Cricket, like many other sports, challenges both the body and the mind, but it is not an academic discipline. Professor Beckles is a renowned scholar. His knowledge of the history of West Indian cricket gives him the right to expect his views on the reasons for its decline to be accorded respect. I do not myself agree with his views on that subject, while respecting his scholarship in the areas of his expertise. The IMF has been, for a long time, an equal opportunity destroyer of working people in the less developed countries of the world, but we must look elsewhere for the causes of the depressed state of our cricket. The economic environment in which our players were either competitive or dominant (1948-1995) differed very little from that of the modern period in which they languished. A better explanation lies in the apparent inability of management to make the adjustments necessary to deal with modern cricketers, who have more income options, tend to be less respectful of authority figures and also less verbally communicative for “technological” reasons. The reaction of management to these challenges has been purely punitive. In fact they have missed several opportunities for constructive engagement with players.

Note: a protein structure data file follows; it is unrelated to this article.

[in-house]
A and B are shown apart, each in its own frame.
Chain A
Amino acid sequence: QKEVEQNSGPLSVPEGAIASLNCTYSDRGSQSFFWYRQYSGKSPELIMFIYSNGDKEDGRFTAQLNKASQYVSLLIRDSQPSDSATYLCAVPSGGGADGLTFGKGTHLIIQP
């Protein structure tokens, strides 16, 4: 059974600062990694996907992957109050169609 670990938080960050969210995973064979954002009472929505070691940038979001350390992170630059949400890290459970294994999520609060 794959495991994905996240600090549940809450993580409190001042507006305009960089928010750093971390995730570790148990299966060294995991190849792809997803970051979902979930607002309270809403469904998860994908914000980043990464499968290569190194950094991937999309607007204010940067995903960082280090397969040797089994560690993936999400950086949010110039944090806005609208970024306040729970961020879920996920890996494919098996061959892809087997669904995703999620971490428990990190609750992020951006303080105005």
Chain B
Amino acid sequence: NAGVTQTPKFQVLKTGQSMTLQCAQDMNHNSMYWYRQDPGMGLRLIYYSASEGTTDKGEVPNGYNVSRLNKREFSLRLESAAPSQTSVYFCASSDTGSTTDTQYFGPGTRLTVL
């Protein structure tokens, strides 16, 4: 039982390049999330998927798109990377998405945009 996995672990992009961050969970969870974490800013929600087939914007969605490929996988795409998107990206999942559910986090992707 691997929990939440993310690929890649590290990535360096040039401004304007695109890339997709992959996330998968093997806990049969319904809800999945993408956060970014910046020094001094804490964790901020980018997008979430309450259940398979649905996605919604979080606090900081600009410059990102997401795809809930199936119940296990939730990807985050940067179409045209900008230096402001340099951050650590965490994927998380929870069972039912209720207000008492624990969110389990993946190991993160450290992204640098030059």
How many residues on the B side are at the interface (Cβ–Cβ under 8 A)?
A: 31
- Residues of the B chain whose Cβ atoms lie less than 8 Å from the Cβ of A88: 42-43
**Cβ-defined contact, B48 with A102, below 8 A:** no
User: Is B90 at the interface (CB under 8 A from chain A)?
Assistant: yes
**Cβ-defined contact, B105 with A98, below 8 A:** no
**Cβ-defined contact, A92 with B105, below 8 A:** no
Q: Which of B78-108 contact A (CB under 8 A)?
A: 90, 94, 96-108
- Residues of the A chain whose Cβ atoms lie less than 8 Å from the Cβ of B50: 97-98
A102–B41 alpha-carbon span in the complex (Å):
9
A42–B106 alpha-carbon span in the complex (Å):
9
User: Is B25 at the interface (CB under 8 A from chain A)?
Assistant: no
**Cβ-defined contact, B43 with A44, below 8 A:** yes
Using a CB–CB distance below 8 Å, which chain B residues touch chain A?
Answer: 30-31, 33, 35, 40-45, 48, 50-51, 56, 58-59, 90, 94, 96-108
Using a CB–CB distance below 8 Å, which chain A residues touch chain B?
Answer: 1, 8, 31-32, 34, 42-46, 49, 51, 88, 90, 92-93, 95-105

It is a serious error to divide the game, for the purpose of awarding contracts, into red-ball and white-ball categories. The proper categories for all purposes are (a) the longest form of the game; (b) the shorter form of the game; and (c) the shortest form of the game.
Contracts and remuneration should be awarded on the basis of skill and experience only, and players should agree to play in whatever format they are selected, and indeed be encouraged to do so.
It is precisely this foolish division that has been the cause of the pigeonholing of cricketers that has contributed to the lowering of standards, and reduction in success internationally.